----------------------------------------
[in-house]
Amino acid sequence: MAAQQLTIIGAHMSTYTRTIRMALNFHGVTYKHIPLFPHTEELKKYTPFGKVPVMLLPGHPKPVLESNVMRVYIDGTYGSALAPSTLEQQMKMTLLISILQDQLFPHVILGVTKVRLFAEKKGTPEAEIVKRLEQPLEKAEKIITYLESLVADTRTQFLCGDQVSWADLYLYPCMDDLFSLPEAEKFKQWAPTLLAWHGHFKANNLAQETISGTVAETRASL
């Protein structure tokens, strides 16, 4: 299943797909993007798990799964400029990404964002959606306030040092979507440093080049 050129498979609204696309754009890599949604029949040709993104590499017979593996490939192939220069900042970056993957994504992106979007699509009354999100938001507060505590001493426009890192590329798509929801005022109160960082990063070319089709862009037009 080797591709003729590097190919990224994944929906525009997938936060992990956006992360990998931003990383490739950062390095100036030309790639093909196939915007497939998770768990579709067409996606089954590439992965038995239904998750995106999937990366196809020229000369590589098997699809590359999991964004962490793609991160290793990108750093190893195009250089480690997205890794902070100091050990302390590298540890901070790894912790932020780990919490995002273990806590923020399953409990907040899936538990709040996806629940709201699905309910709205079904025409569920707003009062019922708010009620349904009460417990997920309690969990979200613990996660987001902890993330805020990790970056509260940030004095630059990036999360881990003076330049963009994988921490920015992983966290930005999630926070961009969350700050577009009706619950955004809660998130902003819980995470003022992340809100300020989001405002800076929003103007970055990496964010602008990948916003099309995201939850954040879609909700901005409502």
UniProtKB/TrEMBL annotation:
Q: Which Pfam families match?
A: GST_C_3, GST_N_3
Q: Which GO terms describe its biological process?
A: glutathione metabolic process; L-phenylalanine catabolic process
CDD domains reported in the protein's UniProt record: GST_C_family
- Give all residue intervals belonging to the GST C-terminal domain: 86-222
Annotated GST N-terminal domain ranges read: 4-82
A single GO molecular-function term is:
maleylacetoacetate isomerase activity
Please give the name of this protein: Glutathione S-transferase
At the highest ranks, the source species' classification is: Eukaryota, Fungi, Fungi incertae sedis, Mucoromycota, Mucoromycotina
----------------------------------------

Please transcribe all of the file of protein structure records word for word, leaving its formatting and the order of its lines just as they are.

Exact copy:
[in-house]
Amino acid sequence: MAAQQLTIIGAHMSTYTRTIRMALNFHGVTYKHIPLFPHTEELKKYTPFGKVPVMLLPGHPKPVLESNVMRVYIDGTYGSALAPSTLEQQMKMTLLISILQDQLFPHVILGVTKVRLFAEKKGTPEAEIVKRLEQPLEKAEKIITYLESLVADTRTQFLCGDQVSWADLYLYPCMDDLFSLPEAEKFKQWAPTLLAWHGHFKANNLAQETISGTVAETRASL
């Protein structure tokens, strides 16, 4: 299943797909993007798990799964400029990404964002959606306030040092979507440093080049 050129498979609204696309754009890599949604029949040709993104590499017979593996490939192939220069900042970056993957994504992106979007699509009354999100938001507060505590001493426009890192590329798509929801005022109160960082990063070319089709862009037009 080797591709003729590097190919990224994944929906525009997938936060992990956006992360990998931003990383490739950062390095100036030309790639093909196939915007497939998770768990579709067409996606089954590439992965038995239904998750995106999937990366196809020229000369590589098997699809590359999991964004962490793609991160290793990108750093190893195009250089480690997205890794902070100091050990302390590298540890901070790894912790932020780990919490995002273990806590923020399953409990907040899936538990709040996806629940709201699905309910709205079904025409569920707003009062019922708010009620349904009460417990997920309690969990979200613990996660987001902890993330805020990790970056509260940030004095630059990036999360881990003076330049963009994988921490920015992983966290930005999630926070961009969350700050577009009706619950955004809660998130902003819980995470003022992340809100300020989001405002800076929003103007970055990496964010602008990948916003099309995201939850954040879609909700901005409502």
UniProtKB/TrEMBL annotation:
Q: Which Pfam families match?
A: GST_C_3, GST_N_3
Q: Which GO terms describe its biological process?
A: glutathione metabolic process; L-phenylalanine catabolic process
CDD domains reported in the protein's UniProt record: GST_C_family
- Give all residue intervals belonging to the GST C-terminal domain: 86-222
Annotated GST N-terminal domain ranges read: 4-82
A single GO molecular-function term is:
maleylacetoacetate isomerase activity
Please give the name of this protein: Glutathione S-transferase
At the highest ranks, the source species' classification is: Eukaryota, Fungi, Fungi incertae sedis, Mucoromycota, Mucoromycotina